Territory Trailblazer: How the ACT became the renewable capital of Australia

The ACT might be one of the smallest of Australia’s states and territories – but it punches well above its weight when it comes to renewable energy.

Our latest Territory Trailblazer report profiles the ACT’s leadership on renewable energy, illustrating the positive impact that one small territory can have in a few short years with political will and smart policy design.

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KEY FINDINGS

1. The Australian Capital Territory (ACT) is on track to acquire enough large-scale renewable energy to meet its 100% renewable electricity target by 2020.

  • The ACT is the first place in Australia where both major political parties have provided bipartisan support to a state or territory based target.
  • The ACT will reduce emissions by 3 million tonnes in 2020 by sourcing renewable instead of fossil fuelled electricity to meet the Territory’s needs.

2. Households in the ACT currently pay the lowest electricity prices in Australia.

  • The ACT’s “reverse auction” process has delivered record low wind and solar electricity prices, and in doing so has provided transparency around the cost of renewable electricity in Australia.
  • The prices for successful wind projects under the ACT’s process are equal to or lower than prices for electricity from new coal and gas plants in Australia.
  • The additional cost to households and small to medium enterprises peaks in 2020 at around $5.50 a week, with the ACT’s electricity prices remaining among the lowest in Australia.
  • To complement the renewable energy target, the ACT has introduced the Energy Efficiency Improvement Scheme expected to save $3.20 per household per week in 2020. Energy efficiency can offset the small price increases from investing in renewable energy sources.

3. The ACT’s support for the renewable energy sector during extended federal uncertainty proved critical for Australia’s renewable sector.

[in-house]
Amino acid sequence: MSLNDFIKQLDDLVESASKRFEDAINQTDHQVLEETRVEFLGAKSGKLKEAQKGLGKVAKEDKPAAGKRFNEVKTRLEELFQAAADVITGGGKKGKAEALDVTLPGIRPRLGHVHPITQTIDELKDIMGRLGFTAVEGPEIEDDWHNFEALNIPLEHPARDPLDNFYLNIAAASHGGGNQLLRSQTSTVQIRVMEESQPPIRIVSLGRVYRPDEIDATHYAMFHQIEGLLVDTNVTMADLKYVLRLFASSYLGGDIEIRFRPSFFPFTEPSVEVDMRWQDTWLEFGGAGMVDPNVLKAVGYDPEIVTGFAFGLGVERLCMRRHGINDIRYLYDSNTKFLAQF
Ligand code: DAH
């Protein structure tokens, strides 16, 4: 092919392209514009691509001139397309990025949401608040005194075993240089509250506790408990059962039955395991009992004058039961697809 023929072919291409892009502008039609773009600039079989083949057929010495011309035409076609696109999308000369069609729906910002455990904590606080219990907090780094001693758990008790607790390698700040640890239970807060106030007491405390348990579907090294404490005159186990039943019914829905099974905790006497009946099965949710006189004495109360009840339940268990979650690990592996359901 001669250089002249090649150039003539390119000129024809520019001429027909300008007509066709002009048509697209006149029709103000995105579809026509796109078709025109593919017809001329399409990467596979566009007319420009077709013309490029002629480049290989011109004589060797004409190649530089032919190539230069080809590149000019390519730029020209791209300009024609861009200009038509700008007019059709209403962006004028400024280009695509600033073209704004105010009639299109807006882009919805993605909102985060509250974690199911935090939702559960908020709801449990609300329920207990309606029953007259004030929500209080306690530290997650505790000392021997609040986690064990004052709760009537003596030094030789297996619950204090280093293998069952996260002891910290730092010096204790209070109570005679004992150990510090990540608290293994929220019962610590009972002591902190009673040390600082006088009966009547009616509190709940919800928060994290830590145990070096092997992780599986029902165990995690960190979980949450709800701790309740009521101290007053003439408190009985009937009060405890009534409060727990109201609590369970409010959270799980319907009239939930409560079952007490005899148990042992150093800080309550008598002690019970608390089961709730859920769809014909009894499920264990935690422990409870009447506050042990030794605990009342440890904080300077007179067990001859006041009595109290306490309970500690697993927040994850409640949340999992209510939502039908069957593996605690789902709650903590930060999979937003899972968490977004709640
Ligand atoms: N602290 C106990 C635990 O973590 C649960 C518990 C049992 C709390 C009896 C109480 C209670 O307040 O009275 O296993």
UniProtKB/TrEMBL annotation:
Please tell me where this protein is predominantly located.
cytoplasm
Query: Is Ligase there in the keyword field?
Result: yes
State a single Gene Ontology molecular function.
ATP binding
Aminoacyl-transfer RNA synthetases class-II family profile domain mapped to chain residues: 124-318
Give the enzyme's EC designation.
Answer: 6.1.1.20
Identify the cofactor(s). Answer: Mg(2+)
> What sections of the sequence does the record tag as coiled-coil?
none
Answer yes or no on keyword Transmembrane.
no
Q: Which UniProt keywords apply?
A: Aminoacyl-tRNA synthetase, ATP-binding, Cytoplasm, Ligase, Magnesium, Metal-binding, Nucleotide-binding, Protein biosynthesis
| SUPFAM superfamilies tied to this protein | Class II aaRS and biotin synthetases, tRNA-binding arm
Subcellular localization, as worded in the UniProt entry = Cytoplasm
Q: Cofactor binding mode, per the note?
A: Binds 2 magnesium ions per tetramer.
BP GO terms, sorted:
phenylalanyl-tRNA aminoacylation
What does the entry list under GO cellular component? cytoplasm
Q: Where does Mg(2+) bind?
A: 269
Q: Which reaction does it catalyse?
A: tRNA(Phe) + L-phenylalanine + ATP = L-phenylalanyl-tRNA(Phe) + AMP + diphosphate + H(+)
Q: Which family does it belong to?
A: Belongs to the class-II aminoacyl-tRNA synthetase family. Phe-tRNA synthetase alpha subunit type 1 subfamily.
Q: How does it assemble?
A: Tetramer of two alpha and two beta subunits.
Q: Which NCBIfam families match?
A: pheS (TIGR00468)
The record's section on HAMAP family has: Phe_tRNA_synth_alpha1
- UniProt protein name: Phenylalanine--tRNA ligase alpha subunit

• To date the ACT has supported the development of 640MW of large scale solar and wind capacity over four years.
  • At the end of 2015, the only wind projects under construction in Australia were those supported by the ACT’s policy.
  • While more than 5,000 jobs in renewable energy were lost nationally between 2012- 2015, the ACT’s policy will create more than 1,000 jobs in construction across the ACT, Victoria, South Australia and New South Wales.

4. The ACT is also breaking new ground in public support for battery technology.

  • The ACT is leading the country in battery storage by supporting the installation of 36MW of energy storage across more than 5,000 households and businesses by 2020 – the largest battery storage rollout in Australia.

5. Other Australian states and cities can learn from the ACT’s example.

  • Within five years, the ACT has shown that setting a seriously ambitious renewable energy target, is not only affordable but is also achievable, and creates jobs and investment for the Territory.
  • While recognising the ACT’s advantages - being small in size and population and having no major industries or fossil fuelled generation – other states and cities can learn from its approach to sourcing large amounts of renewable electricity in a short period of time, while delivering a range of economic and community benefits.
  • Other states such as Victoria, New South Wales and Queensland are already following the ACT’s lead using reverse auctions to meet renewable energy commitments.

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